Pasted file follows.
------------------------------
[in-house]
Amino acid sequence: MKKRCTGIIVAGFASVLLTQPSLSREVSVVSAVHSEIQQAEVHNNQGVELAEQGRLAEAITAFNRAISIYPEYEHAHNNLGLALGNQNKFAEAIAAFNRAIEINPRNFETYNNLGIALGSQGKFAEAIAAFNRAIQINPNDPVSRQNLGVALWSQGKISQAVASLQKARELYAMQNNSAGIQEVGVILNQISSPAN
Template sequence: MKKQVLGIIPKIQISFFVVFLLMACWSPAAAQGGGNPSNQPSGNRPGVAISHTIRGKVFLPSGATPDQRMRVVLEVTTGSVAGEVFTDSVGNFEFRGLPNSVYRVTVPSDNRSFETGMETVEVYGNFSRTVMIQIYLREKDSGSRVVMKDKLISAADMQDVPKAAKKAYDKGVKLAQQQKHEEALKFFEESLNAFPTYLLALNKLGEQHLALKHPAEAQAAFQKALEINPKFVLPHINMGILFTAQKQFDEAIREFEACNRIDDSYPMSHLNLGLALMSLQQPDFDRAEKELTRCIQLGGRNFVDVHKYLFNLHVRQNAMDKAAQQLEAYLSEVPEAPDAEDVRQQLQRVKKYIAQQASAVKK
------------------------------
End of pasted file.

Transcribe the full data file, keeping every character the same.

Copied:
[in-house]
Amino acid sequence: MKKRCTGIIVAGFASVLLTQPSLSREVSVVSAVHSEIQQAEVHNNQGVELAEQGRLAEAITAFNRAISIYPEYEHAHNNLGLALGNQNKFAEAIAAFNRAIEINPRNFETYNNLGIALGSQGKFAEAIAAFNRAIQINPNDPVSRQNLGVALWSQGKISQAVASLQKARELYAMQNNSAGIQEVGVILNQISSPAN
Template sequence: MKKQVLGIIPKIQISFFVVFLLMACWSPAAAQGGGNPSNQPSGNRPGVAISHTIRGKVFLPSGATPDQRMRVVLEVTTGSVAGEVFTDSVGNFEFRGLPNSVYRVTVPSDNRSFETGMETVEVYGNFSRTVMIQIYLREKDSGSRVVMKDKLISAADMQDVPKAAKKAYDKGVKLAQQQKHEEALKFFEESLNAFPTYLLALNKLGEQHLALKHPAEAQAAFQKALEINPKFVLPHINMGILFTAQKQFDEAIREFEACNRIDDSYPMSHLNLGLALMSLQQPDFDRAEKELTRCIQLGGRNFVDVHKYLFNLHVRQNAMDKAAQQLEAYLSEVPEAPDAEDVRQQLQRVKKYIAQQASAVKK